Let’s face it: Gannon sends a lot of emails.
If you’re anything like me, you probably swipe directly on the unopened message and select the delete button; 9.75/10 times there will be no harm.
Recently, however, I have noticed Gannon has been sending out a ton of messages reminding students to download the Live Safe app, and for once I am supporting the spam.
Moral of the story — Live Safe is great.
I downloaded the app at the beginning of the school year after the cross country team got a sneak peek during our preseason Title IX presentation.
The app has four main features: reporting tips, emergency options, safety map and Knight Watch Express requests.
At the beginning of the school year, someone decided it was a good idea to shoot fireworks outside my window at approximately 2 a.m.
Thinking, “Wow, I really don’t want to call the police, but I also want these hooligans to go away,” I pulled out my phone and used the app for the first time.
I submitted an anonymous tip just by clicking a few buttons.
Within minutes, officers were outside my apartment handling the situation.
After the unimpressive firework show was shut down, I received a notification from the app in the form of a chat bubble that stated officers had taken care of my request.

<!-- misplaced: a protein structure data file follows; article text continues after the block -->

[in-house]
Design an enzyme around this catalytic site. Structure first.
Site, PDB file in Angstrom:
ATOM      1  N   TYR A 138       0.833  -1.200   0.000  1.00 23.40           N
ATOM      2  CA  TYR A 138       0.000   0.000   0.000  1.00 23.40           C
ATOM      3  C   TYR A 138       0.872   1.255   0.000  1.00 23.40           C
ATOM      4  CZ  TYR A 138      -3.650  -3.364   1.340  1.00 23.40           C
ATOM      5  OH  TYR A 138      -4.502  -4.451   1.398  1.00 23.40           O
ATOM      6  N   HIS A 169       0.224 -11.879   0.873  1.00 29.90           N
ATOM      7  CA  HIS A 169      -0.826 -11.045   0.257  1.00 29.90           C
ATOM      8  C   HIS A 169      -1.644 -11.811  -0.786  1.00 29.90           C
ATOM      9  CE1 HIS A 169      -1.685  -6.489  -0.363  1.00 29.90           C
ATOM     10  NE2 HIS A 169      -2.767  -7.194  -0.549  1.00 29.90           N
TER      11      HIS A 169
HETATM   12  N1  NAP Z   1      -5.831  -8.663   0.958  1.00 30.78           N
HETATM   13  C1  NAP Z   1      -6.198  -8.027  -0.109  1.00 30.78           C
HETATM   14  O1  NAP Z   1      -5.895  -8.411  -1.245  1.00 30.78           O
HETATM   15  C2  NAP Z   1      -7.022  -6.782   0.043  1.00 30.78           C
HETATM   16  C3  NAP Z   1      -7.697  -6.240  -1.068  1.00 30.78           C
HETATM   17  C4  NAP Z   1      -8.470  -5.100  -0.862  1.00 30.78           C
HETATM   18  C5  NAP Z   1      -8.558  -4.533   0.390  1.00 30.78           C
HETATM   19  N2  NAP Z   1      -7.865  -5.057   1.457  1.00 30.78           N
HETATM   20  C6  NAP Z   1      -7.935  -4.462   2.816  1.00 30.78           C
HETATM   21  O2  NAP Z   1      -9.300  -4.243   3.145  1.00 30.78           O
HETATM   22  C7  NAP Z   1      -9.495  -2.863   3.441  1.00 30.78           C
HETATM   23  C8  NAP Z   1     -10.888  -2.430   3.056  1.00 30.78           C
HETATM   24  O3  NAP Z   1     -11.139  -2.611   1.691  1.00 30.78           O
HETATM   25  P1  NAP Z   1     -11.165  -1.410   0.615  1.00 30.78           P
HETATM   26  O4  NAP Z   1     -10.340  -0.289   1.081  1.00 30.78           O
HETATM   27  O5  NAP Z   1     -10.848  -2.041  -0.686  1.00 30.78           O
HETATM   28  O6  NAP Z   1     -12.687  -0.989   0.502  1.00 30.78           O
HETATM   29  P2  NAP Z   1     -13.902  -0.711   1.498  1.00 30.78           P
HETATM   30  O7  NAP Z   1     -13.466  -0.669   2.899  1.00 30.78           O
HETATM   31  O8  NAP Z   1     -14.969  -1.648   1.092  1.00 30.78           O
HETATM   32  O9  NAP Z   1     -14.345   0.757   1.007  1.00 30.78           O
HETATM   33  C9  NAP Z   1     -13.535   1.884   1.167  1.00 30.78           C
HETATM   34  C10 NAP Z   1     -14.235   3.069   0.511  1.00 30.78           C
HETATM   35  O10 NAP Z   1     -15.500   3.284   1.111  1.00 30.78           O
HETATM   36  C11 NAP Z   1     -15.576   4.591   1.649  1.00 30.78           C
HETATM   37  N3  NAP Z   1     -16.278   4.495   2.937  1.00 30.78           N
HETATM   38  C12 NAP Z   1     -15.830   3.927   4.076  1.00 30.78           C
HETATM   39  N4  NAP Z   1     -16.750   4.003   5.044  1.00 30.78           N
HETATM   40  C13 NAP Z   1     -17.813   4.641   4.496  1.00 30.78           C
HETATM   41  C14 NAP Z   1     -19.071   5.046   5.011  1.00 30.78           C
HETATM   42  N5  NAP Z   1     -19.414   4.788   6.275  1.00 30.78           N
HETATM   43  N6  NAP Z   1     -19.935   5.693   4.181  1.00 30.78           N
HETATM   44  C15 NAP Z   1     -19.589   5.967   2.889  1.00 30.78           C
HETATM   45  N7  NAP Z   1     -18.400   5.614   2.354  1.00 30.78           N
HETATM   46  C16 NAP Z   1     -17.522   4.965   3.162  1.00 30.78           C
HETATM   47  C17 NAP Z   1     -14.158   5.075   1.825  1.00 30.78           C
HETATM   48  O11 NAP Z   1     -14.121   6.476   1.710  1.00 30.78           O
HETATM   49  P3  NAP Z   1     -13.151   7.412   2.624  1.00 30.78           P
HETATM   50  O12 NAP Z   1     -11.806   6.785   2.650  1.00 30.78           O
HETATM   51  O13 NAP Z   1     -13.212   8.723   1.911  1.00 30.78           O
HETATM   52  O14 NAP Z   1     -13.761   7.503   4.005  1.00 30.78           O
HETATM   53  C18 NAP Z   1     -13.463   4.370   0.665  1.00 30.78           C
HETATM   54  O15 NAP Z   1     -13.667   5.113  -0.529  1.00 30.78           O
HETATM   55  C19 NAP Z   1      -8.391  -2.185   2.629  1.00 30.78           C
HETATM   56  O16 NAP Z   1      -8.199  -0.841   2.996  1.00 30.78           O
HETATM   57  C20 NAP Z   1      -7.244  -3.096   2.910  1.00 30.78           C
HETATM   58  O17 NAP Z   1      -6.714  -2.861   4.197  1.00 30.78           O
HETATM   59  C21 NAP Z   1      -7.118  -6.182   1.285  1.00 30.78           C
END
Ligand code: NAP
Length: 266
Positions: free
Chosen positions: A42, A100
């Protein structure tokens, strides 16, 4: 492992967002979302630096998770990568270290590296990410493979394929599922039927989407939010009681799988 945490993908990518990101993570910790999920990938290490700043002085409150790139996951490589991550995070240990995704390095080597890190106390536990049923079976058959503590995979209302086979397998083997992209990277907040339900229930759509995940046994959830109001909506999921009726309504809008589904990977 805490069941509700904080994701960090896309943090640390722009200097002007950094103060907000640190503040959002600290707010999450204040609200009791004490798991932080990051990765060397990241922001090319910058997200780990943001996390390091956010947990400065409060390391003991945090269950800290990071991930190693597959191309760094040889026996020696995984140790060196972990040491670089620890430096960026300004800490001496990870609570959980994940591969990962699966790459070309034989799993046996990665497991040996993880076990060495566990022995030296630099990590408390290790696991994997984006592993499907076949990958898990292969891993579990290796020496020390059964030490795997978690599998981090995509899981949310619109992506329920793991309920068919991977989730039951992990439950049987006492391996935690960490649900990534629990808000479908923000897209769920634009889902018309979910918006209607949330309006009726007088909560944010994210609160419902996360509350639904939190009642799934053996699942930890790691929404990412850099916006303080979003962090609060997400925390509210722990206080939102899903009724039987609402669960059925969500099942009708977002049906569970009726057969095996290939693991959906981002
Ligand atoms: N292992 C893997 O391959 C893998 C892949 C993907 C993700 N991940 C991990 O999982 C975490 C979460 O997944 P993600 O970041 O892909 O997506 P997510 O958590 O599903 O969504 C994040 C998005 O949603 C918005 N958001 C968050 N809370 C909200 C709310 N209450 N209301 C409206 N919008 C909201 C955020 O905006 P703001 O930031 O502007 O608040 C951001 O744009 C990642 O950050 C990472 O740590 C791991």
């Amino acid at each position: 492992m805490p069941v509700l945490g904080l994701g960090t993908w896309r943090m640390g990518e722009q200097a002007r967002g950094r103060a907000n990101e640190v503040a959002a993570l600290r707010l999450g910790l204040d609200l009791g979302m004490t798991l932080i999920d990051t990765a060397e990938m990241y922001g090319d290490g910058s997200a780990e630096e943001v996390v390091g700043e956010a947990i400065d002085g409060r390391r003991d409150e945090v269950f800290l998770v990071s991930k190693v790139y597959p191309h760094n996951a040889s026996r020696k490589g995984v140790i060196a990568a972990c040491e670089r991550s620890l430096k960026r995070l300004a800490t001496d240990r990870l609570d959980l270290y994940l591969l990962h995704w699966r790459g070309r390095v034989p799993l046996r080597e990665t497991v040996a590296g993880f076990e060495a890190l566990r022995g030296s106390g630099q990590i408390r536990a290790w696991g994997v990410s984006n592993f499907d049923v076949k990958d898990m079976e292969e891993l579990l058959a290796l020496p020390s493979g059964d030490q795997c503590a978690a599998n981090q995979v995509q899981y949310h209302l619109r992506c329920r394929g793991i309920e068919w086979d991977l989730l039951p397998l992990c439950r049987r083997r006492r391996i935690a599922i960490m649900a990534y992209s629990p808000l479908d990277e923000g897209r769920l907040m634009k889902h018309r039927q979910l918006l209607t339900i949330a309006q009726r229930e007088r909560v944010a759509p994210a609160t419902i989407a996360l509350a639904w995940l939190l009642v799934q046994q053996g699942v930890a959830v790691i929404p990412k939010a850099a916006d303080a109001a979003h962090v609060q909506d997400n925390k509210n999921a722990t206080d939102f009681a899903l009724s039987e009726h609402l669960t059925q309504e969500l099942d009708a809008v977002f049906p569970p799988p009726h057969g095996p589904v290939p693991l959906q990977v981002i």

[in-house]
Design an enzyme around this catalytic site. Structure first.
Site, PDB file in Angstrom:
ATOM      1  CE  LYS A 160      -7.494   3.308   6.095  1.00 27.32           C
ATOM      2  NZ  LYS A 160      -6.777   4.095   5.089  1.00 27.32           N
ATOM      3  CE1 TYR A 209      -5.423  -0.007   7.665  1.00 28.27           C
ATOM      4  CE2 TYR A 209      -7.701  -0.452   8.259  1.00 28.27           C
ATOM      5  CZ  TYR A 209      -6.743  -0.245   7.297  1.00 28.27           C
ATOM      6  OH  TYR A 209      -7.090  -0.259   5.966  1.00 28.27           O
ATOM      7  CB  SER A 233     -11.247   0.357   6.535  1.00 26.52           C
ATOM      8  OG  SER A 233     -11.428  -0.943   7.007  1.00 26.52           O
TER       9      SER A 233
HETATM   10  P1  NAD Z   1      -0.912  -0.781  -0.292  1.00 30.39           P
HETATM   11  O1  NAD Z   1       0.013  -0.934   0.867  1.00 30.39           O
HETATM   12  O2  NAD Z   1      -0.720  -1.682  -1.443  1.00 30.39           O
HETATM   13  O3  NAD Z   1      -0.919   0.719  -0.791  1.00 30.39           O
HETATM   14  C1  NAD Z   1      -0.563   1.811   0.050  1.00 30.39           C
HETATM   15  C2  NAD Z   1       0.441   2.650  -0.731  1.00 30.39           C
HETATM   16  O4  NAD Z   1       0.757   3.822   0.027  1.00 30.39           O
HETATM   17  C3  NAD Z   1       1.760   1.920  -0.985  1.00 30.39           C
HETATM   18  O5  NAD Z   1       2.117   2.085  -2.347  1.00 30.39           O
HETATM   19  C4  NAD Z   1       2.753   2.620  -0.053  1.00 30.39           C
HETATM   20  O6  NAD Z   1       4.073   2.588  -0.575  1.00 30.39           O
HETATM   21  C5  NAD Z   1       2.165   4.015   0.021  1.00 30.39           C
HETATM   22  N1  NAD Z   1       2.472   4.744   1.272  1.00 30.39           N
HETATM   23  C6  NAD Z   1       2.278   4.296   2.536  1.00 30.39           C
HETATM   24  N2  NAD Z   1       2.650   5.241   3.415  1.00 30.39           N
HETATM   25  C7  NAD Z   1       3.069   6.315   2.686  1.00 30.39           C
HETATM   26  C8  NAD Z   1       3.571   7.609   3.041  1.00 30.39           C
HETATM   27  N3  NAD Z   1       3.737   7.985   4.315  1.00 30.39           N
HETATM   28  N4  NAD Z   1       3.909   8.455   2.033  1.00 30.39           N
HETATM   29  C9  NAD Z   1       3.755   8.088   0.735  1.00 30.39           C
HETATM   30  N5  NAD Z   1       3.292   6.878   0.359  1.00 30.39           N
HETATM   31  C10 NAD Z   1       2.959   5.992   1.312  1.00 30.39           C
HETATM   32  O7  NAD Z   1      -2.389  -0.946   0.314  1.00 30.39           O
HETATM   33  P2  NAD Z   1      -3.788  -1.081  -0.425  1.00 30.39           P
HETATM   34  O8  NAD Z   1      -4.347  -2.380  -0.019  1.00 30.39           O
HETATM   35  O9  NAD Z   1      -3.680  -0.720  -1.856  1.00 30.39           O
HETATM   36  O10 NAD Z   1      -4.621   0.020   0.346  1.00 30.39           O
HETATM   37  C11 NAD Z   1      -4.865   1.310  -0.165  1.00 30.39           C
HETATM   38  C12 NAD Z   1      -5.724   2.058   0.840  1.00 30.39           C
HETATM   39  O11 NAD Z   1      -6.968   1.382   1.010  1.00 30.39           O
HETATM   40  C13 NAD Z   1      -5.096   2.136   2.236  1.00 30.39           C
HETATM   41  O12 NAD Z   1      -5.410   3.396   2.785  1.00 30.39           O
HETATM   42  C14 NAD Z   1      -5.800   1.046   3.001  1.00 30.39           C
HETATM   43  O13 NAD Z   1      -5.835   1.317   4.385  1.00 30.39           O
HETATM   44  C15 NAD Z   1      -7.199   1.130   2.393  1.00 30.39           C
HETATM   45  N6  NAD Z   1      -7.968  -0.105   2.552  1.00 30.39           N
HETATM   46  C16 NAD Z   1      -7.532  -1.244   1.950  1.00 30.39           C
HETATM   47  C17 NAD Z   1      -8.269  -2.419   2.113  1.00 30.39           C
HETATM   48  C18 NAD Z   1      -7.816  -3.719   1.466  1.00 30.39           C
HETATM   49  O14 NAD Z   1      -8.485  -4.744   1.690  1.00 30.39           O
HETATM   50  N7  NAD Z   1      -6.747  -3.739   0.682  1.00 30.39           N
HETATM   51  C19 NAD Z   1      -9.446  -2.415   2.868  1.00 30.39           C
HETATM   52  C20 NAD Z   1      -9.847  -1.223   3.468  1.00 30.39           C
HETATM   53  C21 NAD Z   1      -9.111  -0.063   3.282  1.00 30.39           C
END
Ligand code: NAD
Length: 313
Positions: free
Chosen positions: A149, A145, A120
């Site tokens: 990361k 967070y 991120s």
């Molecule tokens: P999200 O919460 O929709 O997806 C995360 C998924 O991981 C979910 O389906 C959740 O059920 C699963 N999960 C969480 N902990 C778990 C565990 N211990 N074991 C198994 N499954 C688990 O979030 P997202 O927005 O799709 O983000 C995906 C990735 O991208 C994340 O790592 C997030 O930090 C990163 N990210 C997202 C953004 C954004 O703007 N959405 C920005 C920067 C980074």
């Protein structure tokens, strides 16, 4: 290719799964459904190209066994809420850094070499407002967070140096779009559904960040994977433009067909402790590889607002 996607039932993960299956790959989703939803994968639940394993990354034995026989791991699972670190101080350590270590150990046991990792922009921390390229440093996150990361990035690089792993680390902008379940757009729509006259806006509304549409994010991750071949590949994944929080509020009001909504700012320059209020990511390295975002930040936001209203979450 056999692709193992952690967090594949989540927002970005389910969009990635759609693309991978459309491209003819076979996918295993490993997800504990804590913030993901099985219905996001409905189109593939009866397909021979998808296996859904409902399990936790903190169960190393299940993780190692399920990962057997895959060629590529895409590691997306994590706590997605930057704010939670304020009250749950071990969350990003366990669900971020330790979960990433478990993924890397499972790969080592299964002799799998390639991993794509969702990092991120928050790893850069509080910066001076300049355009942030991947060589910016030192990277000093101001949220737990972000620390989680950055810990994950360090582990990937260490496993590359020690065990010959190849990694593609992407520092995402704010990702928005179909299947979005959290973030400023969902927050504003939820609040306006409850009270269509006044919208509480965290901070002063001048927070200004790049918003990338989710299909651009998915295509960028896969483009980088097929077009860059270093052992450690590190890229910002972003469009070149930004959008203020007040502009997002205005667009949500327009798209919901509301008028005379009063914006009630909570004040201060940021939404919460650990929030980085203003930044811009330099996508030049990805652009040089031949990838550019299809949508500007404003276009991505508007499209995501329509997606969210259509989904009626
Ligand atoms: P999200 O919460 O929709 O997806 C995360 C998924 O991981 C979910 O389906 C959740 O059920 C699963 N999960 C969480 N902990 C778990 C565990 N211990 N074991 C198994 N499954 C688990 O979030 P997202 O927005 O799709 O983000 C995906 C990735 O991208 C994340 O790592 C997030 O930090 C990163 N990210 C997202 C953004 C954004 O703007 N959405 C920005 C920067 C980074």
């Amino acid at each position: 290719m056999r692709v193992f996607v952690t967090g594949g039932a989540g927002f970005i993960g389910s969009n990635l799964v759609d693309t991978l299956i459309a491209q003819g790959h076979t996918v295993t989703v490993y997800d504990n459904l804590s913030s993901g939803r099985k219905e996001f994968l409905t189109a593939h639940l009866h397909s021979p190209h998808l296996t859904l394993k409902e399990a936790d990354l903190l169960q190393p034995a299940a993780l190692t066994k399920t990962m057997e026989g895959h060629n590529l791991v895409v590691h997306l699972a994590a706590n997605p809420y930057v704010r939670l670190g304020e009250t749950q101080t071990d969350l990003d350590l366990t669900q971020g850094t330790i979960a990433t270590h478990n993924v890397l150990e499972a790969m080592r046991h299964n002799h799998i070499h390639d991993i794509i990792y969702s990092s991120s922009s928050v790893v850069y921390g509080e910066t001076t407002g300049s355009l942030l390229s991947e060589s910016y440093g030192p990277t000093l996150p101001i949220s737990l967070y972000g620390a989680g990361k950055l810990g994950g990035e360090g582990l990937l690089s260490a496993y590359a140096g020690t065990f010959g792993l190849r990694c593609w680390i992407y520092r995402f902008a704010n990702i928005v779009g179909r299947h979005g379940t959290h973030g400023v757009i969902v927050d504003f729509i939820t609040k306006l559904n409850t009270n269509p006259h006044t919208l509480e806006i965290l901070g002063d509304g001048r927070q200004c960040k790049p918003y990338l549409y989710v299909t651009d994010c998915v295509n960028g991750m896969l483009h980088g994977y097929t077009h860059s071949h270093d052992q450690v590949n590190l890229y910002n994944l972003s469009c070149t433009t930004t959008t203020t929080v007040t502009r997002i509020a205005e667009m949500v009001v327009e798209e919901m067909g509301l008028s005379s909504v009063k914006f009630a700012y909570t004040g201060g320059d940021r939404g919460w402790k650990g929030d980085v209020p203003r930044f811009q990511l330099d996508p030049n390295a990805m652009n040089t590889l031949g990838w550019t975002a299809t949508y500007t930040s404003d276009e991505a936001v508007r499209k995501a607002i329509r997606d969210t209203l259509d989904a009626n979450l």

To be candid, I was pretty impressed.
I’ve used a few other features of the Live Safe app since using it to report a tip.
The first was requesting the Knight Watch Express van to take a friend from my apartment to her house.
Although we were both worried about it being awkward, the van arrived quickly and, from what I heard from my friend, the two female officers who drove were awesome.
This thing is basically like a free Uber. It will take you anywhere from the Bayfront to 12th Street during its operational hours.
Why wouldn’t you use it? It’s safe, and we pay for it with our tuition money.
A few weeks ago, I also used another one of Live Safe’s features to virtually watch one of my sorority sisters walk from my apartment to our sorority house.
All she had to do was request that I watch her walk and give me a few seconds to accept the invitation.
After I agreed, the app pulled up an interactive map that showed me down to foot measurements how far she had traveled and how close she was to her destination.
On her end, she could quickly request emergency services if she needed assistance.
You also have the option to chat with the person while he or she walks home through messaging features in the app.
This way, you can quicly ask them why they stopped walking instead of needing to close out and text the individual.
You have the opportunity to select anyone in your contact list to watch you walk, so you can even ask your dad or the random girl you met at the bar last week if you really wanted to.
From what I have heard, not many students have downloaded the Life Safe app, which I sort of understand.
Sometimes you just don’t want to use up that last bit of storage on your precious smartphone unless you know what you are getting in return is worth it.
This app is a good one, so consider deleting some pictures and downloading Life Safe with that freed up storage.